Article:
1. What type of information in the header you would like to based your steering on?

          2. What is the reason to go for DPDK? do you need higher performance?

           

          What you're probably looking for in DPDK is the Flow Director feature, which will be supported in the next MLNX_DPDK release (End of Feb), however, only for ConnectX-4 and not ConnectX-3. In general, i would advise to move to ConnectX-4 if possible (for sure will be much easier than hacking the code ).

          In DPDK, you can also change the RSS RETA table (i.e manually configure the hash result -> queue mapping)

           

          Same thing (Steering, not change RETA table) can be accomplished with ethtool if you are using the standard driver.

           

          Note that not all HW support all fields, hence my first two questions.

           

          Hope this helps and let me know if you need more info.

          1 of 1 people found this helpful
            • Re: MLX4 custom packet steering
              harold.demure

              Hello,

              Thank you very much for your reply.

               

              1) Theoretically, I would like to steer the packet depending on information encoded in the packet, not the header. In any case, this information can be  shrunk to 32 bits so as to be placed in the header (e.g., in the destination port field). Doing a simple hash, however, is not enough, as the mapping field_in_the_header -> queue could change over time.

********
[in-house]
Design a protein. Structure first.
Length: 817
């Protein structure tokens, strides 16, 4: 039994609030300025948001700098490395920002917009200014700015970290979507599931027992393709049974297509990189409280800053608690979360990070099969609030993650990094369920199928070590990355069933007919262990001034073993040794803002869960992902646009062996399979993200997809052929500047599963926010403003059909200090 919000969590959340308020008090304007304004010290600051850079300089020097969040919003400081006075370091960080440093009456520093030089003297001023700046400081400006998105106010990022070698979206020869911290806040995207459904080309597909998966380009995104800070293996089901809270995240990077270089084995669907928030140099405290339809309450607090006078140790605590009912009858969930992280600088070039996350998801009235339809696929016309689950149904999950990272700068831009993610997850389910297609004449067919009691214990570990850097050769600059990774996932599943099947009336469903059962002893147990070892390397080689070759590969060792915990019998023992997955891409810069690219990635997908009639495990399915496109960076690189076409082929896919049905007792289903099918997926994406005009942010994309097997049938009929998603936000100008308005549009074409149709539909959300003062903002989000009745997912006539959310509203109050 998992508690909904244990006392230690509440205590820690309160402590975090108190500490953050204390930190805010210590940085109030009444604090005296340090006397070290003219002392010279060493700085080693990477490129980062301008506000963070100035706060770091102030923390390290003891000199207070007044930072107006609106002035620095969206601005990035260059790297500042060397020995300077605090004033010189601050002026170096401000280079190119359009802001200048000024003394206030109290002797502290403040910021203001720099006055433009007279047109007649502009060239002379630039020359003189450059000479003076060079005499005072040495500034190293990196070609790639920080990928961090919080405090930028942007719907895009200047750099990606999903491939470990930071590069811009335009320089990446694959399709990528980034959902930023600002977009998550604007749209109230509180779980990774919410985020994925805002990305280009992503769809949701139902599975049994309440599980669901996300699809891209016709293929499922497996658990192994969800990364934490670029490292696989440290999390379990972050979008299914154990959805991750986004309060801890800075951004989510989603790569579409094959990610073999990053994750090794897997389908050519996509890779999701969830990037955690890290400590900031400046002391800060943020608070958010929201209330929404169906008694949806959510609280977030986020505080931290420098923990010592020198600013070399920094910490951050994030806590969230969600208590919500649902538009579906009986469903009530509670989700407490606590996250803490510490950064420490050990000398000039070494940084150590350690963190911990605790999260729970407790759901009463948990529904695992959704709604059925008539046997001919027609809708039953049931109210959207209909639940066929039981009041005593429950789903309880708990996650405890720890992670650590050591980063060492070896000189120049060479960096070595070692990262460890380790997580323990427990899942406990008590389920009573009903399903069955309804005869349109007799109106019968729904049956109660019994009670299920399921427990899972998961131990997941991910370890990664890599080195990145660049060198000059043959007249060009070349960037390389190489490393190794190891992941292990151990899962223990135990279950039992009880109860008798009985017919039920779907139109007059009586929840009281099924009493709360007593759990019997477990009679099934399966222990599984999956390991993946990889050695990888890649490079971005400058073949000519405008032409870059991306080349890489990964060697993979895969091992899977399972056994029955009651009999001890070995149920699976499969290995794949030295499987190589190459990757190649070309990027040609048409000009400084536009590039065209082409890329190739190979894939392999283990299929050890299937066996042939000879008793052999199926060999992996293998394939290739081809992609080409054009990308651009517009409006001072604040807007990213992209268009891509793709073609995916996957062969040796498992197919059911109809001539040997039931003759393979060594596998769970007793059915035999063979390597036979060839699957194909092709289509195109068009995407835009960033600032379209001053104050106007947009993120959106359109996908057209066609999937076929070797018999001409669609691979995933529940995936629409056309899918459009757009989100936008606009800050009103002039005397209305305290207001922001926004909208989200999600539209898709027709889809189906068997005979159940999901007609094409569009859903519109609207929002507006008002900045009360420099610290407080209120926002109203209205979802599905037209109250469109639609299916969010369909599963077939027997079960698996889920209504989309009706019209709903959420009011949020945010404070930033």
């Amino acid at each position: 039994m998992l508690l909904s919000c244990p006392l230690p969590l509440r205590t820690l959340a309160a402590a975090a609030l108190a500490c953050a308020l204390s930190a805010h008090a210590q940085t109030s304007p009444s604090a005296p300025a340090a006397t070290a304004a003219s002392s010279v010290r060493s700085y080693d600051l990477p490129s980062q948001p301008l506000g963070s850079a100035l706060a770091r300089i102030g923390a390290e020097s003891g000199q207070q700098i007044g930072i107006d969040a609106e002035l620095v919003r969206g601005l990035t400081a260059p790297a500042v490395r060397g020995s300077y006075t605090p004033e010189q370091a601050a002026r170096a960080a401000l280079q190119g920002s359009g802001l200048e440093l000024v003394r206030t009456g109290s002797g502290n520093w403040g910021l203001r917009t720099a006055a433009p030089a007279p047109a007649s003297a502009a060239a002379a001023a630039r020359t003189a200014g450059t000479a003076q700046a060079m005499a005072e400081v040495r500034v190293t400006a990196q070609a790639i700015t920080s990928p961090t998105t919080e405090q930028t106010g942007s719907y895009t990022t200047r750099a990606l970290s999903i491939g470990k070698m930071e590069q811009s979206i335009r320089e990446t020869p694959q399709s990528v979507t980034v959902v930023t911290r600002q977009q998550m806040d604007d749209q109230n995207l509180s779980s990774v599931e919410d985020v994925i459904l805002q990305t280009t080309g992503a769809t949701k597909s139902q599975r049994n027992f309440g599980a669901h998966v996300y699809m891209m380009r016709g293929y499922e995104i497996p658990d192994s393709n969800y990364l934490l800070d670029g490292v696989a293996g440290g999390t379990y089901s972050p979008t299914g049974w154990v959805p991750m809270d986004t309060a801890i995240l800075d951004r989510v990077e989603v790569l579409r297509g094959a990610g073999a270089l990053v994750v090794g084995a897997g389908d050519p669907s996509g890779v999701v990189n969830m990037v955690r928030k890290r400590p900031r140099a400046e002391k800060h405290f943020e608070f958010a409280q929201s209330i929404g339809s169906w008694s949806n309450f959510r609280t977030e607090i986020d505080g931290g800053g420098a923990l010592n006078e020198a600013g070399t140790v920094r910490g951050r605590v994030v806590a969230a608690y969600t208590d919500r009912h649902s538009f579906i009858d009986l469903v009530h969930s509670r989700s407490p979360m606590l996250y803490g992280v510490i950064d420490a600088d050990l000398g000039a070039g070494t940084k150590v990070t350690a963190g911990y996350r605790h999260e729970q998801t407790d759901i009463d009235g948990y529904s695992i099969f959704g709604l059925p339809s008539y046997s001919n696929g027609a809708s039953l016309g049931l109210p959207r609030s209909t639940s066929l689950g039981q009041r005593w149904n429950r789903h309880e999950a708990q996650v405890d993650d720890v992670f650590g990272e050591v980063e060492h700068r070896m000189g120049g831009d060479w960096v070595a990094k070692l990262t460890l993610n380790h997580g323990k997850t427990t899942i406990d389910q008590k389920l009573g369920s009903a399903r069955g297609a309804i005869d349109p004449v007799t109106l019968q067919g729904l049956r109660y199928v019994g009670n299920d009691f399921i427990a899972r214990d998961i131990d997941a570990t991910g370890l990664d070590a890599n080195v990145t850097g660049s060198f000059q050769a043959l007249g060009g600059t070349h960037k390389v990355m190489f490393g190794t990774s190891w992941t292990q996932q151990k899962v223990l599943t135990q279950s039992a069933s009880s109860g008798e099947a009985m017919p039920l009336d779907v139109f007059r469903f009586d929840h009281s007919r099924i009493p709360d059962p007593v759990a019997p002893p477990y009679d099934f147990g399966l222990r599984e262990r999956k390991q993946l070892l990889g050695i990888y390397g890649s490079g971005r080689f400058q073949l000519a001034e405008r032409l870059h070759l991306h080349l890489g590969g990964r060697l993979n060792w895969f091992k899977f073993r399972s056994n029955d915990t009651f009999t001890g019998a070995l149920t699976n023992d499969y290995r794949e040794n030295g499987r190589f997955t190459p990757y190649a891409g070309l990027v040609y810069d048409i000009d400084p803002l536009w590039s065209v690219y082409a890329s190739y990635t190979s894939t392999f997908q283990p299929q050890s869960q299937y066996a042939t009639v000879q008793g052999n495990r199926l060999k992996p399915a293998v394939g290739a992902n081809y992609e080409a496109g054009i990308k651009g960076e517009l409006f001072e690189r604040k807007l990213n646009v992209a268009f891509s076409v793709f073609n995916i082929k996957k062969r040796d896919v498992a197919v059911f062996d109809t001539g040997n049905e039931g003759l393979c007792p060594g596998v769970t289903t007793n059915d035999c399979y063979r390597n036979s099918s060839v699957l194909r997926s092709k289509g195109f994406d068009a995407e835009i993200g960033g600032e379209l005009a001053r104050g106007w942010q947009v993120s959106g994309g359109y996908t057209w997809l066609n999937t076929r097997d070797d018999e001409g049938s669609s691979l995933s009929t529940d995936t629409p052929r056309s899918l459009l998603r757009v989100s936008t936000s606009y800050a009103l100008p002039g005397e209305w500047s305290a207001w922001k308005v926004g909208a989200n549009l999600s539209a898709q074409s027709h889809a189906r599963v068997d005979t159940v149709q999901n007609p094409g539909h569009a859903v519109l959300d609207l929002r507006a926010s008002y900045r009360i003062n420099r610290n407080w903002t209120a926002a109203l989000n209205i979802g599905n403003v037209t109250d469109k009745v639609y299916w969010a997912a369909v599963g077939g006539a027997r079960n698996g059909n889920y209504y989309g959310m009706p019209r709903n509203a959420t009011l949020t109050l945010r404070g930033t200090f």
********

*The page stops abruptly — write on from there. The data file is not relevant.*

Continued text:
2) Yes I have read much about DPDK and it seems I could leverage it for higher performance.

               

              About other things you have said.

               

              - As far as I have understood, flow director uses information on the header, but then the steering is done in hardware either according to a hard-wired hash function or using a 1:1 perfect filter.  Therefore, I am not sure I can do what I want since I cannot afford informing the sender about the "header--> core" mapping (to implement 1:1), if this changes often over time, or if this map is huge. This is why I actually would like to change the hash function, to make it a "non-hash" function, but a custom steering one. I did not expect this to be doable in hardware, but I was wondering whether it could be done even before the packet is read, in software, by the dpdk library. Looking around, I guess this is not possible.

               

              - Similarly, changing the RSS table would not be enough, as I would not have control over the hashing function.

               

              - For now, I am committed to using DPDK to bypass the kernel, so using ethtool would not be useful for my purpose, as far as I have understood

               

              - I would love to switch to ConnectX-4, but I cannot afford changing hardware right now.

               

              My curiosity, though, still stands: if I were to give up on using DPDK, where should I put my hand in the mlx4 driver/linux kernel to implement a custom steering (either in RSS or RPS)?

              Thank you again

              Hardol

                • Re: MLX4 custom packet steering
                  giladber

                  Sorry for the late reply!  was OOO...  See below my comments.

                   

                  1) Theoretically, I would like to steer the packet depending on information encoded in the packet, not the header. In any case, this information can be  shrunk to 32 bits so as to be placed in the header (e.g., in the destination port field). Doing a simple hash, however, is not enough, as the mapping field_in_the_header -> queue could change over time.